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I am fairly new to the C language and allocating memory/using pointers in general. Anyway, I was experimenting with reading a file, putting those values in a struct, etc. I know exactly what I want to do and of course the program runs but the output is incorrect and some kind of jumbled numbers and letters.

There is a text file with new information for each line. Each line represents one object.

This is how a line in the file might look:

meat sirloin 6.55 8 8.50 4

Overall I want to be able to store all of my PRODUCT objects in an array (so I have an array of structs). So I attempted to allocate memory with a pointer, use a line count, and then send the pointer to a function called read. In read I add each struct to the array via a pointer. The program doesn't crash, the output is just not correct and I have no clue why not. It's prob something with pointers. If anyone could help me I would really appreciate it. Any help at all would be great.

      //prototype
void read(pointerToArr);


typedef struct
{
    char supType[15];
    char prodName[15];
    double wholePrice;
    int quantWhole;
    double retPrice;
    int retProdQuantity;
}PRODUCT;

FILE *fr;
int lineCount = 0;
int main()
{
    PRODUCT *ptr;

    int i;
    char check[50];


     fr = fopen("ttt.txt", "r");

      while(fgets(check, sizeof(check), fr)!= NULL)
      {
          if(check[0] != '\n')
          {
              lineCount++;
          }
      }
    // allocate memory for array based on line count.
     PRODUCT prodContainter[lineCount];
     ptr = (PRODUCT*)malloc(sizeof(PRODUCT)*lineCount);
     ptr = prodContainter;

     read(ptr);

      //print after adding to array via pointer from other
      //function. this was a test.

      for(i = 0; i < lineCount; i++)
      {
          printf("%s ", prodContainter[i].supType);
          printf("%s ", prodContainter[i].prodName);
          printf("%f ", prodContainter[i].wholePrice);
          printf("%d ", prodContainter[i].quantWhole);
          printf("%f ", prodContainter[i].retPrice);
          printf("%d\n\n", prodContainter[i].retProdQuantity);

      }

    return 0;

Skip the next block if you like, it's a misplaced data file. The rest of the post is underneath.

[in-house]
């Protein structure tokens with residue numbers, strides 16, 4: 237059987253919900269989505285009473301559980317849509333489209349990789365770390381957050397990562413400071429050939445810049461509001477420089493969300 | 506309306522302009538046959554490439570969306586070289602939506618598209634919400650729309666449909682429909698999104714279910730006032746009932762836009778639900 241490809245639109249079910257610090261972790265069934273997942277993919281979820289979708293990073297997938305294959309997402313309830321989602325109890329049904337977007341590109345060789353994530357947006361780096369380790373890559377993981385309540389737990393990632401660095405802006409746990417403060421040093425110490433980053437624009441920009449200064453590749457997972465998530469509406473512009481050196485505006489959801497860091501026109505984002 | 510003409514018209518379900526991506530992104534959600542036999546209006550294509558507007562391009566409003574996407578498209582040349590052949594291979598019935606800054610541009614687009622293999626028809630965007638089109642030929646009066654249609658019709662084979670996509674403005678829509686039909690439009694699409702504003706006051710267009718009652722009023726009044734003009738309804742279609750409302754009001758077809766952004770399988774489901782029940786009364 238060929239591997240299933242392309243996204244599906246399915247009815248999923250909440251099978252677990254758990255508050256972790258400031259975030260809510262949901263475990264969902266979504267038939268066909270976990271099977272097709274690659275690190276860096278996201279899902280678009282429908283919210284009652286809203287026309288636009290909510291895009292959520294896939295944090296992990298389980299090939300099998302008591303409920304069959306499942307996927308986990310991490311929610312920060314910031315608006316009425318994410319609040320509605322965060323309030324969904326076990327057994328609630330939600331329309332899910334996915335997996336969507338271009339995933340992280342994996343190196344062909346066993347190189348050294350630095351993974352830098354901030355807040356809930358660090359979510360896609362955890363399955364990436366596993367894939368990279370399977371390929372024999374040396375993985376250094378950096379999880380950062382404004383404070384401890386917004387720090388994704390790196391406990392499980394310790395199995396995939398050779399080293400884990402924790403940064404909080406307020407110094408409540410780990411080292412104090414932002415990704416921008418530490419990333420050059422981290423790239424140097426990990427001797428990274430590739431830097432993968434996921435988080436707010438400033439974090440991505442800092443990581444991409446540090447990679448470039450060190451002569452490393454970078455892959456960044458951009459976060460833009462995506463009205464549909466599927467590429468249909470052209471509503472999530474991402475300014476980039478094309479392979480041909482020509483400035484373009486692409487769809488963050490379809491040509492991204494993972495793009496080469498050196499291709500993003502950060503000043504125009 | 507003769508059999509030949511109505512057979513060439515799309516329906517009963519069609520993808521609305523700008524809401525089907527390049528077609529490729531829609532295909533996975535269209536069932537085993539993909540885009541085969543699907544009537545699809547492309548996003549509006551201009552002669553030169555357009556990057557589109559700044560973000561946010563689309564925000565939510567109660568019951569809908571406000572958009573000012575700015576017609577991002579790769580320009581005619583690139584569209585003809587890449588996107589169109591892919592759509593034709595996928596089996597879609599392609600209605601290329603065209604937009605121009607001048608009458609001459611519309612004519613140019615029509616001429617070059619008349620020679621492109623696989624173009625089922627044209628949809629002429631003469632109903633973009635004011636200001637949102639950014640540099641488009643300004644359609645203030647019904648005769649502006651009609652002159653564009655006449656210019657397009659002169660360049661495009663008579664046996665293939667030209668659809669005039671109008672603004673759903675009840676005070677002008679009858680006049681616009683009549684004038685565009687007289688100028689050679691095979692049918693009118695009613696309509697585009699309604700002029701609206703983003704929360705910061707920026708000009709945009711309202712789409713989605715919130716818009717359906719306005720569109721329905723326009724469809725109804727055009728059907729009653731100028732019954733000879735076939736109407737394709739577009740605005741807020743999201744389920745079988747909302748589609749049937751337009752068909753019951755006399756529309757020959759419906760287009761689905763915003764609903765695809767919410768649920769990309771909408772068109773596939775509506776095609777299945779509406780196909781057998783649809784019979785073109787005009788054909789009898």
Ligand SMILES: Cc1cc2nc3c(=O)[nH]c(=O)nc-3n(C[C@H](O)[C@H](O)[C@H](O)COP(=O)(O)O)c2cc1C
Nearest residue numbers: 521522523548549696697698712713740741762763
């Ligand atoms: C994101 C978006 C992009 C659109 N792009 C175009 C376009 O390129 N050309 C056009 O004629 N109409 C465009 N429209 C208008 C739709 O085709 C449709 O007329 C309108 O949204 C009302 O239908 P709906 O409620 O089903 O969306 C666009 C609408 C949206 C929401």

}



void read(PRODUCT *pointerToArr)
{

    // objective in this method is to read in data from the file, create an object for every line and
    // then use the pointer array to add those objects to prodConstainer up above.

       char supplyName[15];
       char productName[15];
       double wholeP = 0;
       int  quantityWhole = 0;
       double retailPrice = 0;
       int retailProductQuant = 0;

    while(fscanf(fr, "%s %s %lf %d %lf %d", supplyName, productName, &wholeP, &quantityWhole, &retailPrice, &retailProductQuant) == 6)
    {
        PRODUCT record;
        int i;

        strcpy(record.supType, supplyName);
        strcpy(record.prodName, productName);
        record.wholePrice = wholeP;
        record.quantWhole = quantityWhole;
        record.retPrice = retailPrice;
        record.retProdQuantity = retailProductQuant;

        for(i = 0; i < lineCount; i++)
        {
            pointerToArr[i] = record;
        }
    }

    fclose(fr);
}
share|improve this question

1 Answer 1

up vote 2 down vote accepted

You never rewind the file, so all the reading after you count the number of lines fails.

What you're printing is just what happens to be in memory.

There are many ways to fix this, of course.

  1. Rewind the file, using rewind()
  2. Close the file and let your read() function (whose name collides with a POSIX standard function, btw) re-open the file. This would also involve removing the scary global variable fr.
  3. Re-structure so you never count the number of lines, by just reading and letting the ptr array grow as necessary (see realloc()).

Also, you should really avoid casting the return value of malloc() in C. This:

ptr = (PRODUCT*)malloc(sizeof(PRODUCT)*lineCount);

is better written as:

ptr = malloc(lineCount * sizeof *ptr);

This does away with the cast, and also uses sizeof on a value of the type pointed at to automatically compute the proper number of bytes to allocate.

share|improve this answer
    
I did decide to remove fr from being a global variable and closed the file after reading the number of lines. I renamed my function from read to addToArray, opened the file newly in the other function, and simplified my malloc declaration. Unfortunately I am not on my home computer at the moment so I can't compile everything and give it a go. I am guessing that there is some problem with how I added each new record in the bottom function, no? Thank youvery much for your help. –  Tastybrownies Jan 31 '13 at 17:05

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